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Hani: A Mostly Mountainous Chinese Ethnic Popuation
Summer Volume: 2015 Issue: 22(2) pages: 29 to 30
Sharing many of the same origins as both Yi and Lahu minority populations, the Hani are the fifteenth largest ethnic minority population in China. The larger groups have some two million or more each, and they include, in reducing numbers, the Zhuang, Hui, Manchu, Uygur, Miao, Yi, Tujia, Tibetan, Mongol, Dong, Bouyei, Yao, Bai, and the Koreans.
This magazine has written about almost all of them and some of the smaller ones. We do plan to fill in with any not discussed, and those soon to reach similar numbers in the next very few issues. That is not an easy task because there are few places with English-language information about almost all of China’s minority groups and their food habits. Soon leaving for China, we hope to find information there, but finding it in English is as difficult there as it is where we live, which is in the United States.
Should you need or want any, check our index listings; they are now more accessible than ever. Simply click on the item of interest, minority or otherwise, in Flavor and Fortune and if already published it should pop up on your screen.
The Hani have their own language which is a branch of the Yi Sino-Tibetan-Burmese sub-family of the Sino-Tibetan Language family. Their language has three different dialects and three different tones, so Hani speaking one of them can not understand the other; the variations are extensive.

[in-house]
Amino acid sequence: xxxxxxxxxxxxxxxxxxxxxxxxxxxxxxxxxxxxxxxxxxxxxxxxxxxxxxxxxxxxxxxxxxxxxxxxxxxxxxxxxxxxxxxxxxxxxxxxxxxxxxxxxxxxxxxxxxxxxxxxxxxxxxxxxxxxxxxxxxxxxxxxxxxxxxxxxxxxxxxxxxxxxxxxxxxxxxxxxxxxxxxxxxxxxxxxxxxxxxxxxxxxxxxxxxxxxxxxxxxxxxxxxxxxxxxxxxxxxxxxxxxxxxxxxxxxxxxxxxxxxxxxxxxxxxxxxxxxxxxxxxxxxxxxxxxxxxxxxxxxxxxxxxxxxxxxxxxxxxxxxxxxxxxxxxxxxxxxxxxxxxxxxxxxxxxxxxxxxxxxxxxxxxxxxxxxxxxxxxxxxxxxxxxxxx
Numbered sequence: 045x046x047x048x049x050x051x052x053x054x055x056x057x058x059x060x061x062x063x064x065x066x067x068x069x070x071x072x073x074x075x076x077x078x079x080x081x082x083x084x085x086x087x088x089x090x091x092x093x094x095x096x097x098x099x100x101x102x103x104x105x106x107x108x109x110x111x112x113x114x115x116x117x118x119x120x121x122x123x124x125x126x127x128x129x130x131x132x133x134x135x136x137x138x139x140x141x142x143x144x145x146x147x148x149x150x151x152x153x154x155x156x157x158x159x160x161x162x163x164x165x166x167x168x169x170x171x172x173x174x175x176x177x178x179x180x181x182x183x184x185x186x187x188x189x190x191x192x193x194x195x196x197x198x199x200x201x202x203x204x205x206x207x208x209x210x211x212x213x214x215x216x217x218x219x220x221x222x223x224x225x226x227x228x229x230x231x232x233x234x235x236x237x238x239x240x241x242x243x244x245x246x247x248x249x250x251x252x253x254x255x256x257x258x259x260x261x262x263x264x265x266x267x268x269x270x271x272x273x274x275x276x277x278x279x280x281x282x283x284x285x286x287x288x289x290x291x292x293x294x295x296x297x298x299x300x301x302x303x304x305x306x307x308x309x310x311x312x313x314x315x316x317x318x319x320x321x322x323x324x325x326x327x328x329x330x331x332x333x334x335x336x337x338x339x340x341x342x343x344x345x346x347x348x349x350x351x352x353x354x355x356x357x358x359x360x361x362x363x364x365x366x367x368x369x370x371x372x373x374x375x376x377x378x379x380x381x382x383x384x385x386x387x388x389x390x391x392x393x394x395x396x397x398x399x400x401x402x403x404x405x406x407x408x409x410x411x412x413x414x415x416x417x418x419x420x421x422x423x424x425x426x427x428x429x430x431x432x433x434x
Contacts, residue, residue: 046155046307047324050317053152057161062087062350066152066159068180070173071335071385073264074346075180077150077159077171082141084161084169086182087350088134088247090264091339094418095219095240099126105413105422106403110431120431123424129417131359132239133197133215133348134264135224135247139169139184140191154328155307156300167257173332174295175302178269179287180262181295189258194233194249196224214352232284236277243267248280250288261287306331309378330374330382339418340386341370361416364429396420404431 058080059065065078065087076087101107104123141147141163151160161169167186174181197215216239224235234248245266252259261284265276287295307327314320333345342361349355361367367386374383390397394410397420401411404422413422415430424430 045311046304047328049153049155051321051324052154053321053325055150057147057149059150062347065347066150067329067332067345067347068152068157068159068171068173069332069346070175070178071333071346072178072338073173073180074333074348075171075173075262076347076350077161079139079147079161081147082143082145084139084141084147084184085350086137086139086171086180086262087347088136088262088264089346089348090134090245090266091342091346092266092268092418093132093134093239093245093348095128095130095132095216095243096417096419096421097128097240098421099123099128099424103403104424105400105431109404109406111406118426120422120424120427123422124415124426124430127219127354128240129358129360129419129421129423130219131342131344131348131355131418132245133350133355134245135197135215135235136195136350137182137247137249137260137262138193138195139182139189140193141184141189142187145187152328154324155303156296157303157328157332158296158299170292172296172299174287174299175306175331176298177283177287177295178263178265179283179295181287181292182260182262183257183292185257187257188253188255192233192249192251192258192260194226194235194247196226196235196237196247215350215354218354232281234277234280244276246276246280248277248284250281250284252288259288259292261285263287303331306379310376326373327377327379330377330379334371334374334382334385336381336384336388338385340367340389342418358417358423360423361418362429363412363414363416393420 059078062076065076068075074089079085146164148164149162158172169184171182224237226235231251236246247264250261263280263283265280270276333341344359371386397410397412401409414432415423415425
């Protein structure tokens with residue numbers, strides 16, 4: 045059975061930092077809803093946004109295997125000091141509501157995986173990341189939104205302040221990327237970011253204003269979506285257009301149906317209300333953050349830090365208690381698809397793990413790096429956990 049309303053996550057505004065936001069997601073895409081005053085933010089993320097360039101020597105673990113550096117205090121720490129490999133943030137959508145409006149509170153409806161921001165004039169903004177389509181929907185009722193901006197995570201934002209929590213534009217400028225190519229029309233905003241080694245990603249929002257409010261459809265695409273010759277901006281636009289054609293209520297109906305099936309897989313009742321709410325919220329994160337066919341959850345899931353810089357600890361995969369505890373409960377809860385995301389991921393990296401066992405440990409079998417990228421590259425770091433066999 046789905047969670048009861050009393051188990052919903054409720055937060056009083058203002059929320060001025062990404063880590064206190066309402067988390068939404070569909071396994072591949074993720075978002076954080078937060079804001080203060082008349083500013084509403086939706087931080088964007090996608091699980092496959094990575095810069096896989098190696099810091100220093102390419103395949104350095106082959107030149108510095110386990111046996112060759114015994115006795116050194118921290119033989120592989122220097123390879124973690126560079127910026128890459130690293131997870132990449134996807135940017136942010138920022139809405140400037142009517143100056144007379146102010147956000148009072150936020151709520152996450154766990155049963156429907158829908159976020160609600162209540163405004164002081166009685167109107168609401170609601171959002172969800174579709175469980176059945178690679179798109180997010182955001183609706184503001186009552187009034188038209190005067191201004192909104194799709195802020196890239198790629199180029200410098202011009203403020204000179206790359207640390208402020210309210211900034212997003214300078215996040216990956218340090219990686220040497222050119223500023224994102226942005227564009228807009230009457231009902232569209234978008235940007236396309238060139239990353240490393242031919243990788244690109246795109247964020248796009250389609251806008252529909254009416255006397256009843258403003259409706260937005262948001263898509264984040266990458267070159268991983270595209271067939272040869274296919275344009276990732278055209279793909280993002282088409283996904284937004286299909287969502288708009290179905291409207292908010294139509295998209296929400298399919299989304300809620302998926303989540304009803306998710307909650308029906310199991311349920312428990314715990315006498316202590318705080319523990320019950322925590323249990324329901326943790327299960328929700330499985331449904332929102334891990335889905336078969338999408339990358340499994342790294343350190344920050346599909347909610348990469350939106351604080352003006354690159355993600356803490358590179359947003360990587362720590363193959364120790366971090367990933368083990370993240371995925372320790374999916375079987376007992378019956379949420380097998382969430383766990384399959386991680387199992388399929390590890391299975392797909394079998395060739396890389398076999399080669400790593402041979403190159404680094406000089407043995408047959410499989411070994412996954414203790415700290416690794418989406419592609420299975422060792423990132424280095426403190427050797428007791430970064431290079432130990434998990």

Some historical records tell us that tribal folk called ‘Heyis’ lived south of the Dadu River in the 3rd century BCE; and that they were their ancestors. Then, some of them did move to and around the Lancang River between the 4th and 8th centuries. Local chieftains paid tribute to the Tang Court and in return were included on the list of officials and were considered subjects of that dynasty. Perhaps, with so little written about them, we are not sure everything is accurate.
Until recently, the Hani only had an oral language and oral literature, not a written one. That is another reason contributing to folks not knowing a lot about them. One way to know is to listen to their stories, if one understands their language. They tell about the origin of their world and the larger world around them. They also tell fairy tales, fables, ballads, and their own history. That does help, and sometimes they tell it in song and dance. Their dances are well-known and popular and do include hand clapping using pieces of bamboo. They also make movements and sounds with other actions.
Most Hani are engaged in agriculture, and they grow lots of rice for themselves and for other population groups. This minority does live in the mountains between the Lancang and Red Rivers in the Yunnan Province, some live in Xishuangbanna, most others in the Honghe Hani-Yi Autonomous Prefecture. According to them, there are more than twenty different Hani populations, all with ancestors among ancient Qiang people, many called Wuman. Many of these people call themselves Biyue, Baihong, Budu, Haoni, Heni, Heman, Woni, Yani, or Zhenyuan people. Some have kept these names, others have started to call themselves Hani.